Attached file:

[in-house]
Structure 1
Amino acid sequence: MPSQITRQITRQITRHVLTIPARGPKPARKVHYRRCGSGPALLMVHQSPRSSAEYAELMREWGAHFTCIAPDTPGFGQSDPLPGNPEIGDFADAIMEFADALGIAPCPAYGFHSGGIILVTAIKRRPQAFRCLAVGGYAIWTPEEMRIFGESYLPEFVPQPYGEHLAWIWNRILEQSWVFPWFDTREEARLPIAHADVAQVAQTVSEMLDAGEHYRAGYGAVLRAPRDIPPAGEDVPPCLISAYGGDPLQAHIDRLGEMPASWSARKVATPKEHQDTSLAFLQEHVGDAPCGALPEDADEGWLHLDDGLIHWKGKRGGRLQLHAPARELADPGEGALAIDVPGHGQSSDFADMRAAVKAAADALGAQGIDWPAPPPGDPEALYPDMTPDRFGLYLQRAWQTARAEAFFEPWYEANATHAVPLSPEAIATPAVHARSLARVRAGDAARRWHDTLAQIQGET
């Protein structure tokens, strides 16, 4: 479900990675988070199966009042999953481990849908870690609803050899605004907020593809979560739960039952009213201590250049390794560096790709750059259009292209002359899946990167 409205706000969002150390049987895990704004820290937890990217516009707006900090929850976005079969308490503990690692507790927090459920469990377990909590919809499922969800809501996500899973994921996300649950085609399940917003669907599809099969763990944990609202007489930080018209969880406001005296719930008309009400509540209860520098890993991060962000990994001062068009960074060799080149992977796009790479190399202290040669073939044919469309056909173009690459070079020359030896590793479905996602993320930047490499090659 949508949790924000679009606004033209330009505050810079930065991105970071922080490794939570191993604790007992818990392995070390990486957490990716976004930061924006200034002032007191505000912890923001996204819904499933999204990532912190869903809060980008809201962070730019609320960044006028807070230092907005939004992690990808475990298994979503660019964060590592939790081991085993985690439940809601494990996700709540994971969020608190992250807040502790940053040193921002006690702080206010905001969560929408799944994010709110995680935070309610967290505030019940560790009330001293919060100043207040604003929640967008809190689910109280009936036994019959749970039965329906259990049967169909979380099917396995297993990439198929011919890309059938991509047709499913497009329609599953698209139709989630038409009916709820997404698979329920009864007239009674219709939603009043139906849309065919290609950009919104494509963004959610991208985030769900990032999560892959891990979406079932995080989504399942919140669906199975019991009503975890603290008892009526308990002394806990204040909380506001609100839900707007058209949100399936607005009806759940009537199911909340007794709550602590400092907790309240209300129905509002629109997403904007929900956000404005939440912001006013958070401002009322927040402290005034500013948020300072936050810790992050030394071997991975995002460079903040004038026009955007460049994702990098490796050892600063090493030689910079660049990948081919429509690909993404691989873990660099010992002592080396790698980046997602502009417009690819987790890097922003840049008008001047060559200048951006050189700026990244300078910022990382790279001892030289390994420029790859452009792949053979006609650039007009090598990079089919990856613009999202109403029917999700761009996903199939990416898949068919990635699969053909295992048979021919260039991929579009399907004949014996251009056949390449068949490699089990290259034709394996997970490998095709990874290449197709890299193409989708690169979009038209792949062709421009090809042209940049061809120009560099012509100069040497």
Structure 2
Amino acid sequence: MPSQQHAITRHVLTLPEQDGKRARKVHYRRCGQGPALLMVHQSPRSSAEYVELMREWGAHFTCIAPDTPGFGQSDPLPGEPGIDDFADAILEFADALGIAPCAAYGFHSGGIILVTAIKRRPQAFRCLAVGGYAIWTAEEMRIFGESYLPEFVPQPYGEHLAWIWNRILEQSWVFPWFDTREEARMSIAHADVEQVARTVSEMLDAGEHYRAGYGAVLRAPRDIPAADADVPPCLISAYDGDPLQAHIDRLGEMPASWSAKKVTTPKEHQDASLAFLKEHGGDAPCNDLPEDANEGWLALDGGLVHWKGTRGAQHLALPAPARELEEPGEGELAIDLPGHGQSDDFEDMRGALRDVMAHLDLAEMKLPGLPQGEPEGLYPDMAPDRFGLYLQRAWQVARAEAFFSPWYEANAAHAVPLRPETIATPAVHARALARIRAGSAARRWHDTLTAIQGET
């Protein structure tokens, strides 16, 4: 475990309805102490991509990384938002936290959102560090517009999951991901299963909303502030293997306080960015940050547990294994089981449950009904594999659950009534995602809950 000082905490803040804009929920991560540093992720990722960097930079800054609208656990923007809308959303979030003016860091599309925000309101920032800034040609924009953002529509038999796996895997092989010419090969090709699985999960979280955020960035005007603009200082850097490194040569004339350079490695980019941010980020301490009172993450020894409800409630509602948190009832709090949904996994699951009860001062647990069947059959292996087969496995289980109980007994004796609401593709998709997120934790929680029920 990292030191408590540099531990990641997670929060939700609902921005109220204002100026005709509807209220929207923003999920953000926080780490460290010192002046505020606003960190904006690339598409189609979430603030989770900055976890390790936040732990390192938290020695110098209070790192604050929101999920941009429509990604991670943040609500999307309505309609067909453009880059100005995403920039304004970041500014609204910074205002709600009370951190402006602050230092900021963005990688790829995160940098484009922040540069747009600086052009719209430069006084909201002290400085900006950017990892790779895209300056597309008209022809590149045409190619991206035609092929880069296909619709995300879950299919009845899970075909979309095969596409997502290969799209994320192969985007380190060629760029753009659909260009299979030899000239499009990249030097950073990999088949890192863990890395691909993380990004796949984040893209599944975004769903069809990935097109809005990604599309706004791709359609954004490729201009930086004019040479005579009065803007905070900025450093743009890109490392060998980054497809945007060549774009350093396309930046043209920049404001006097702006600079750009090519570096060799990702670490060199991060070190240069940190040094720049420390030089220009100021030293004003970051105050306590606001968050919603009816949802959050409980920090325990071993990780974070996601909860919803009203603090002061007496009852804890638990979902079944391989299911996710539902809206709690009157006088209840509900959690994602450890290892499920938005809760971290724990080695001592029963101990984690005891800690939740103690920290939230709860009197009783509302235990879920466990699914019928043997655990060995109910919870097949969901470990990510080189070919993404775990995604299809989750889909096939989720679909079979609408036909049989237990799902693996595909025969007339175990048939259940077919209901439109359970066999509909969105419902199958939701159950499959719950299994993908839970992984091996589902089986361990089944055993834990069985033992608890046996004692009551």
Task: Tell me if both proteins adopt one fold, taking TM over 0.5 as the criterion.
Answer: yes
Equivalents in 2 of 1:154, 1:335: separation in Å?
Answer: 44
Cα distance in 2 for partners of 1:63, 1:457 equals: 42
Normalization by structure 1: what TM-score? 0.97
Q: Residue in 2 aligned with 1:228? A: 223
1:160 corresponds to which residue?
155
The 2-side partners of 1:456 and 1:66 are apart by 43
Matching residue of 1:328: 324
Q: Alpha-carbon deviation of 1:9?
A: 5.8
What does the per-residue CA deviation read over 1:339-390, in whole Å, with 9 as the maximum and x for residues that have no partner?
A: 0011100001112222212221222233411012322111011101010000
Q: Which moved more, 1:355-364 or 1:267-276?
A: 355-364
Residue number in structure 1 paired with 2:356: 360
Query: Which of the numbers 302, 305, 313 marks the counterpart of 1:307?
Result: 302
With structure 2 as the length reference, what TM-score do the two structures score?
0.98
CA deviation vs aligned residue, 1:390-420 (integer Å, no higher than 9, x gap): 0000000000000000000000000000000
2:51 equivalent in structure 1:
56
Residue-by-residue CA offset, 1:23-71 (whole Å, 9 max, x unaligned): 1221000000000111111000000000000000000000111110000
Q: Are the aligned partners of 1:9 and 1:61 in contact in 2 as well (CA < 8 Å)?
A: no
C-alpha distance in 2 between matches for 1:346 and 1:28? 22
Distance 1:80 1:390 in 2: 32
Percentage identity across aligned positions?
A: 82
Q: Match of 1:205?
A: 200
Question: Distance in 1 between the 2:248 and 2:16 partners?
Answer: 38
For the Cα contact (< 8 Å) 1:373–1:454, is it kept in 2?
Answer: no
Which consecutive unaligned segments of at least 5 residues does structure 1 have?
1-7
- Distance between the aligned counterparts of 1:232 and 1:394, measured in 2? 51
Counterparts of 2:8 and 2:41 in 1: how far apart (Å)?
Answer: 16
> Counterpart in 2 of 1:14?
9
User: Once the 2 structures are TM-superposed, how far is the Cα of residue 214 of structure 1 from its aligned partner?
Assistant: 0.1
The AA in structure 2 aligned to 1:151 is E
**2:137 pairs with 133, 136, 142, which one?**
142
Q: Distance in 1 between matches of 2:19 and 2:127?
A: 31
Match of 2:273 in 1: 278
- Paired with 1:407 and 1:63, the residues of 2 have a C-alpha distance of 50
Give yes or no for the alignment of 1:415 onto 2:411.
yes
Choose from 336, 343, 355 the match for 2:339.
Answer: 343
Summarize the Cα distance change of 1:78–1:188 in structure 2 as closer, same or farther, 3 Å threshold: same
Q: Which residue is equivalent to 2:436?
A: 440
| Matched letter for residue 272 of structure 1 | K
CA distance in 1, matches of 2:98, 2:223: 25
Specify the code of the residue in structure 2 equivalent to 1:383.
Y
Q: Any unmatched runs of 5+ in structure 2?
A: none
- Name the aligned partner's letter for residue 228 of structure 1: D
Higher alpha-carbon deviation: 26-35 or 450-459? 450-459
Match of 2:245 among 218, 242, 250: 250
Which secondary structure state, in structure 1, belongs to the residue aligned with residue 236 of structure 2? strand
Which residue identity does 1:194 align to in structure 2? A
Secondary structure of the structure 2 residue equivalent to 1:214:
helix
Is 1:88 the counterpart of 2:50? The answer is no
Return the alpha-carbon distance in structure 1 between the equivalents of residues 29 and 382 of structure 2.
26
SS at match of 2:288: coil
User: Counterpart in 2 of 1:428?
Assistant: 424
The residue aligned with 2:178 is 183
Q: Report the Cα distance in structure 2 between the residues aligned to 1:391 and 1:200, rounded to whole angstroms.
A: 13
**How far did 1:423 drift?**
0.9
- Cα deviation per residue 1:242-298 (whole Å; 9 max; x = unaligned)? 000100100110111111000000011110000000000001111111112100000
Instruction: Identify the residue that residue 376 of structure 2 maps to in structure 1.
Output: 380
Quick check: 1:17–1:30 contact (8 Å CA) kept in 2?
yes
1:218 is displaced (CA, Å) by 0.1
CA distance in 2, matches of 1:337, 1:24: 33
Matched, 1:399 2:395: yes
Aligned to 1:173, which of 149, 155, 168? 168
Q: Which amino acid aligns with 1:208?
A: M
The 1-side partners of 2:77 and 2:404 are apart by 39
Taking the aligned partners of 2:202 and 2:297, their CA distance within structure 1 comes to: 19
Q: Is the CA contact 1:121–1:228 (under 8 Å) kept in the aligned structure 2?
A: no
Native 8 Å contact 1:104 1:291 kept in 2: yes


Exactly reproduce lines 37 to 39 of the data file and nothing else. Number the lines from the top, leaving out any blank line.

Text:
Distance 1:80 1:390 in 2: 32
Percentage identity across aligned positions?
A: 82